Maintenance and Upgrades

Owning a DeLorean means dedicating oneself to meticulous care.

The engine may require attention for optimum performance, while parts availability is surprisingly robust thanks to suppliers like Stephen Wynne’s DeLorean Motor Company.

Upgrades can breathe new life into these classics, with warranty options sometimes available to safeguard your investments.

Community and Support

The DeLorean owner’s community is a wellspring of knowledge and camaraderie.

Engaging with fellow enthusiasts can provide invaluable tips on maintenance and personal experiences with upgrades.

Support from local clubs often extends into events and gatherings, deepening your connection to the DeLorean legacy.

  • Check engine condition and originality when buying.
  • Market values fluctuate; research is crucial.
  • Maintenance can be straightforward with the right parts and knowledge.
  • Upgrades are available, and community support is robust.
💡 Pro Tip: Joining a DeLorean community can greatly enhance the ownership experience through shared knowledge and resources.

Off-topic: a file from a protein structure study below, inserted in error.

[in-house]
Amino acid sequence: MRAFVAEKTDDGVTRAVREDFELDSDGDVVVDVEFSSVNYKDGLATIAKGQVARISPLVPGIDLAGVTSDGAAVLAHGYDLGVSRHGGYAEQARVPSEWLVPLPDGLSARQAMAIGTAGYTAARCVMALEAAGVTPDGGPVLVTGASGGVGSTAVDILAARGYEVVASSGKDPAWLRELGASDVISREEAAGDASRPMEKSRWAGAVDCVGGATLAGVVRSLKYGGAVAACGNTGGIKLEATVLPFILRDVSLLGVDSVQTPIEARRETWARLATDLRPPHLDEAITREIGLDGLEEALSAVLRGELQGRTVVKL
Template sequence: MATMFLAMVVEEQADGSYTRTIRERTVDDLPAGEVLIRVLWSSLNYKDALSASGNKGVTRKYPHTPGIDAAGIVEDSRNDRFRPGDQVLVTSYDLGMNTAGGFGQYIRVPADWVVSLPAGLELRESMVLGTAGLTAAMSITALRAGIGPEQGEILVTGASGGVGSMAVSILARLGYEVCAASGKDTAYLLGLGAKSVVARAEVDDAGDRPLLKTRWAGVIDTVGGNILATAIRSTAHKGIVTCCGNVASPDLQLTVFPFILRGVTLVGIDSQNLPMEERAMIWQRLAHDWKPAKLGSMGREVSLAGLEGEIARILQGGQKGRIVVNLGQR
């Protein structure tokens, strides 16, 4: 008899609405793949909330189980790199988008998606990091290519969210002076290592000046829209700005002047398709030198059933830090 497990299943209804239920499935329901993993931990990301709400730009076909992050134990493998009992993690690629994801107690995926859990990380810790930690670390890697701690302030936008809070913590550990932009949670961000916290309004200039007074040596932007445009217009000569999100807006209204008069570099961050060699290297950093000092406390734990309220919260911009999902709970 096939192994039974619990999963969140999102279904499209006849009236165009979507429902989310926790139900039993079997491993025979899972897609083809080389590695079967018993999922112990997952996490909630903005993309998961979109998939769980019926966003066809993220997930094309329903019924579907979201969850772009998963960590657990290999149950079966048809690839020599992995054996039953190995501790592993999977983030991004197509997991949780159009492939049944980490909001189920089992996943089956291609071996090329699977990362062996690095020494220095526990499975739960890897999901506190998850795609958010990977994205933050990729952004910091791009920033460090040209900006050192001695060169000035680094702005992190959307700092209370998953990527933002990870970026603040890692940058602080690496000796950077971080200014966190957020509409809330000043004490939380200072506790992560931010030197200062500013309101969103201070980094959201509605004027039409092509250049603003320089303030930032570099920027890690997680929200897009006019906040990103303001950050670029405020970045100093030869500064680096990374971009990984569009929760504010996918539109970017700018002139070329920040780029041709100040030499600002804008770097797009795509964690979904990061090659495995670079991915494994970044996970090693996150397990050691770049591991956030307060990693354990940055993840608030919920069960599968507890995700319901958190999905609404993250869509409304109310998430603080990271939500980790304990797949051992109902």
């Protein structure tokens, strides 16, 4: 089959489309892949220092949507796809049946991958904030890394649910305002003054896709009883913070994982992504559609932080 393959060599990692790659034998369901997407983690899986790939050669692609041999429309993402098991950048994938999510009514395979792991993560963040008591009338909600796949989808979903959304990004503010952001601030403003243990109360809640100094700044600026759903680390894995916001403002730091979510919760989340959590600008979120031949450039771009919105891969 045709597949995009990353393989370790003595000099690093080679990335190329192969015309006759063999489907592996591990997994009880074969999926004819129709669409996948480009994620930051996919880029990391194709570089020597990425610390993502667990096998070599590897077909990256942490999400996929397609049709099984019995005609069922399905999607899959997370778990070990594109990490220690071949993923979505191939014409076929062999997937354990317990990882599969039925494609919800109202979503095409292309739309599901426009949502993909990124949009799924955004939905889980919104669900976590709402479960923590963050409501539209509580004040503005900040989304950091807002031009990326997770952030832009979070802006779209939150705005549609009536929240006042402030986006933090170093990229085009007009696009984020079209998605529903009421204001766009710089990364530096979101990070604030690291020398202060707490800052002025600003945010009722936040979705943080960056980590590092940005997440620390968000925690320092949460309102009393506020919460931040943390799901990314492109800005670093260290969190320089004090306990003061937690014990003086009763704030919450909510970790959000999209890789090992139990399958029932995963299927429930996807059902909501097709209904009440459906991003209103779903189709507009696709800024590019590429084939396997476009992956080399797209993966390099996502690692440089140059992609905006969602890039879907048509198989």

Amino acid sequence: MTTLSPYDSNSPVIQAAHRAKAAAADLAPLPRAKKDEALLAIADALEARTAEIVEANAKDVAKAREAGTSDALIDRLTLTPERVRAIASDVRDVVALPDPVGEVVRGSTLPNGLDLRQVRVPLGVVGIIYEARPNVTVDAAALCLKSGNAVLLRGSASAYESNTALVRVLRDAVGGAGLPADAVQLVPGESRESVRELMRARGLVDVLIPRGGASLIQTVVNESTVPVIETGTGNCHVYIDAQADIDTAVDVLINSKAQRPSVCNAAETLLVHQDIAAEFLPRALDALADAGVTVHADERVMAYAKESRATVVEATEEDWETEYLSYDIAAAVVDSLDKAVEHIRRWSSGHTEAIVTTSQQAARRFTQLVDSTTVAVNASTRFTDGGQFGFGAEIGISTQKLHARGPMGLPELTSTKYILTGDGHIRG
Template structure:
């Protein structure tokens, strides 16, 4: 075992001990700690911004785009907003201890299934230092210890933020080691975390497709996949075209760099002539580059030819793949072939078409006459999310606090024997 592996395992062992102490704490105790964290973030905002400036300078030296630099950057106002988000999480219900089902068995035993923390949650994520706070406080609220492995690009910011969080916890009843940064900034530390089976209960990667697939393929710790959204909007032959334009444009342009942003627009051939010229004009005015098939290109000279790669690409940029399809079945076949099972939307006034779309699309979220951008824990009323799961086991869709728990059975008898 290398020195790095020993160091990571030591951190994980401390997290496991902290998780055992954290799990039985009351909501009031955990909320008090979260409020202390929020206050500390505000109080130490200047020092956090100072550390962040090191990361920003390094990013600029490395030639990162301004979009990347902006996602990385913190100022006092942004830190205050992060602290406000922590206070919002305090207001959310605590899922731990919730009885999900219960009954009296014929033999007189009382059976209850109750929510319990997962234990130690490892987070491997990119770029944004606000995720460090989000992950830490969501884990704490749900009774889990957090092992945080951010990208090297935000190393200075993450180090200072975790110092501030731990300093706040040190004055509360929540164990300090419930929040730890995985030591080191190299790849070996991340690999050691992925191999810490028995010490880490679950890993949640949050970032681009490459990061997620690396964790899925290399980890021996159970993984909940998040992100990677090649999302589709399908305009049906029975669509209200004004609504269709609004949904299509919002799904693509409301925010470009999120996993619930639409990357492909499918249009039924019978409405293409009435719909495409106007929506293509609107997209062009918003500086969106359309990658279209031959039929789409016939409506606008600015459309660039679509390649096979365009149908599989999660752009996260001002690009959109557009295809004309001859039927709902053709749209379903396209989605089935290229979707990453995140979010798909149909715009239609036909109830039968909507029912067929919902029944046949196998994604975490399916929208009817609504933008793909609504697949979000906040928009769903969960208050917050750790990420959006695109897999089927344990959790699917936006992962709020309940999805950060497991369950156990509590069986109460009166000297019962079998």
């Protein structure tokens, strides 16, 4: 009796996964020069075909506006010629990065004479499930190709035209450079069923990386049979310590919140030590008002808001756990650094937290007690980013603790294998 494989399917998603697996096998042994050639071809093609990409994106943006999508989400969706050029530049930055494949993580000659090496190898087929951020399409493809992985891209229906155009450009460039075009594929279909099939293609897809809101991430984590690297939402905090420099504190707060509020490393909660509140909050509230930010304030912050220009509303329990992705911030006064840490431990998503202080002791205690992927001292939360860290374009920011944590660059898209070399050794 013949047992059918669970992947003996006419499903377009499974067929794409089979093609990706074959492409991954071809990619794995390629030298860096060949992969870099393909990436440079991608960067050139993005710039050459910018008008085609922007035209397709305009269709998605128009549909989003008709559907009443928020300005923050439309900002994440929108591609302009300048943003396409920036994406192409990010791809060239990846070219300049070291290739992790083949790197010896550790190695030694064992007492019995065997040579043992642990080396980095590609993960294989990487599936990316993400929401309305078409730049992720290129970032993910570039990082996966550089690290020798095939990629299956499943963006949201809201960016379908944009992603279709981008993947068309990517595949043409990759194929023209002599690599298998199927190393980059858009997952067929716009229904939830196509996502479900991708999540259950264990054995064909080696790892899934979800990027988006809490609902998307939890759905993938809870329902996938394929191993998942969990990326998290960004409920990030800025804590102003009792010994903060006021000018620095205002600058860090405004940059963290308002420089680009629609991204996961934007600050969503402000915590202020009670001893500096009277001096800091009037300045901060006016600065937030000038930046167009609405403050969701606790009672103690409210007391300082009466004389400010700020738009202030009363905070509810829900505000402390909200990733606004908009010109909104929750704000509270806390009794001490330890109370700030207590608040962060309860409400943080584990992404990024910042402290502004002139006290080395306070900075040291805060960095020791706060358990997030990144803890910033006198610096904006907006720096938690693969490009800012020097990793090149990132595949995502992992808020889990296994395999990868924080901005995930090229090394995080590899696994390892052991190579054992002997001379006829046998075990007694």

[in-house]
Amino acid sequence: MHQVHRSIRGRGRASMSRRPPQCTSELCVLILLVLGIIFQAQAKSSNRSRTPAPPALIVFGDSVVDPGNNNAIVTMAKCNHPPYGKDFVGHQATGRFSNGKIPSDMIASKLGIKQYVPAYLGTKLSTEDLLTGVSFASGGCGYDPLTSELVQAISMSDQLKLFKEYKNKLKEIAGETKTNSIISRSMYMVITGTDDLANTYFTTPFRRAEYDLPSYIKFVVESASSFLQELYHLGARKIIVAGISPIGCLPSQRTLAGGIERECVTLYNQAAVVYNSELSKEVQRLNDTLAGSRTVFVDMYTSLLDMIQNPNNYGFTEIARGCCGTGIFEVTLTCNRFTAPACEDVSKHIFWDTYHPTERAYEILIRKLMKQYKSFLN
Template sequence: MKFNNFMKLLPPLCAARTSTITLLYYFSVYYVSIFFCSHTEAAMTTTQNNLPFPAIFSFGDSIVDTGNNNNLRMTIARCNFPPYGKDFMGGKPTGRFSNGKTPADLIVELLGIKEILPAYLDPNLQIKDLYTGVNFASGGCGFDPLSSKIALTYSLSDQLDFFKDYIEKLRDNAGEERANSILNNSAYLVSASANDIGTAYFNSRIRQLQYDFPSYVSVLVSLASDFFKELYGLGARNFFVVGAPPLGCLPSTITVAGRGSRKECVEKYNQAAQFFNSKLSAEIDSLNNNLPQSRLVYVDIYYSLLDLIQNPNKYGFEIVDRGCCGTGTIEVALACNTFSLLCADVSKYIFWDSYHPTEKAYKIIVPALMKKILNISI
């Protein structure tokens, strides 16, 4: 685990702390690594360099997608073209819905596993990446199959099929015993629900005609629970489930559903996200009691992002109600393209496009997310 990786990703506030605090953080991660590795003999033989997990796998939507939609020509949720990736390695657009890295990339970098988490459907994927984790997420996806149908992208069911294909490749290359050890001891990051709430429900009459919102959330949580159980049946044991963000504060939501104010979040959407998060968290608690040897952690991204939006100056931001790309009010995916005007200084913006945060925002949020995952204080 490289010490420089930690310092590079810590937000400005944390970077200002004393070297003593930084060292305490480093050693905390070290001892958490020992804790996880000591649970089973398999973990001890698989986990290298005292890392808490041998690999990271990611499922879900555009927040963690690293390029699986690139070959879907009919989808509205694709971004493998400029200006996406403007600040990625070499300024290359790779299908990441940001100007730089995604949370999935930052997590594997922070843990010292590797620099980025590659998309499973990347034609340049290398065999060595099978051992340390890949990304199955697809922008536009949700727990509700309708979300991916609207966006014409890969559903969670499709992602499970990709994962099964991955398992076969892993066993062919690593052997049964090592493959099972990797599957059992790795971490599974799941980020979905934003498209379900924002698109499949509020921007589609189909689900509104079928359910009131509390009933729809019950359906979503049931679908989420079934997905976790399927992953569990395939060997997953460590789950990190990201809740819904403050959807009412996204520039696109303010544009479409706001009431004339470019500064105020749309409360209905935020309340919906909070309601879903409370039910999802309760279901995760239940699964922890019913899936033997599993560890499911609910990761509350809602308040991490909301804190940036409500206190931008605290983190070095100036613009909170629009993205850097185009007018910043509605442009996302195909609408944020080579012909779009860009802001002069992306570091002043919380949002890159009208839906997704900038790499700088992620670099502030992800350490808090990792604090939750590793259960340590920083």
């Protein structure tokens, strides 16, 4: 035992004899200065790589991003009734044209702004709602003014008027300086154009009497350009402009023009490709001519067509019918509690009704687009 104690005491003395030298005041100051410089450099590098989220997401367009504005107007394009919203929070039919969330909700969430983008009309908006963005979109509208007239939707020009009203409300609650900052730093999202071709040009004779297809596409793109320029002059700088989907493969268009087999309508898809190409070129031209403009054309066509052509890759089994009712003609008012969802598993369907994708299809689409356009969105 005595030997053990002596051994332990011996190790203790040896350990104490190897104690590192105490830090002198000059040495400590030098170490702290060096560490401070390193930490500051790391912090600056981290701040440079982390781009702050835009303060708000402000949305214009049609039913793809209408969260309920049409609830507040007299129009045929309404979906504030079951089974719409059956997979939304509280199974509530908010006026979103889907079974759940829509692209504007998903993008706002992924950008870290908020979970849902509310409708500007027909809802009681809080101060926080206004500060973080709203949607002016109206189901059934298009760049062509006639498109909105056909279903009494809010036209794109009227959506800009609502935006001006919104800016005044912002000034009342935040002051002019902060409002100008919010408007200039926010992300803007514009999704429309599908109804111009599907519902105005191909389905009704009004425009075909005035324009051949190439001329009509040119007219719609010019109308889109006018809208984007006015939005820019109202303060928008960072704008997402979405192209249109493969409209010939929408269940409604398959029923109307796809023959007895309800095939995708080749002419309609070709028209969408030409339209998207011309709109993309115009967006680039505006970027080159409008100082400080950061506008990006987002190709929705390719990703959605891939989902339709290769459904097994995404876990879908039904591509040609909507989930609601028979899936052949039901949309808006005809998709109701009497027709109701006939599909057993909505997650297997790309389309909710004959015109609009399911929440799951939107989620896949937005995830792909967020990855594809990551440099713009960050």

Influence and Evolution

We recognize the DeLorean DMC-12 as a symbol of the ambitious energy that defined American sports cars of its era. It’s a narrative interwoven with technological innovation and a creator’s bold vision.

Automotive Influence

The DeLorean — a creation of John Z. DeLorean, the maverick automotive executive — was brought to life through a collaboration with Lotus and Northern Ireland’s skilled workforce.

The DeLorean’s rear-mounted PRV (Peugeot-Renault-Volvo) V6 engine was underpowered, which muted the excitement expected from a sports car.

Key Automotive Influence Points:
  • The DeLorean’s gull-wing doors and stainless-steel body were ahead of their time.
  • Despite its uniqueness, the performance didn’t match its futuristic design.

Future Outlook

Our future outlook sees the DeLorean’s legacy as one balancing between classic inspiration and modernization.

Modifying the DeLorean with engines like a turbo Honda powerplant hints at what could have been and what might still come.

Reinvention of classic cars speaks to our desire to preserve the past, yet improve upon it.

Aspects Critical to the DeLorean’s Continuing Legacy:
  • Engine swaps offer power that aligns better with its sports car persona.
  • Environmental considerations may bring electric powertrains into focus.

The economic downturn of the era, including the recession and John Z. DeLorean’s bankruptcy, halted further development.

Our attention now turns to how contemporary engineering can revive this icon, transcending its original challenges.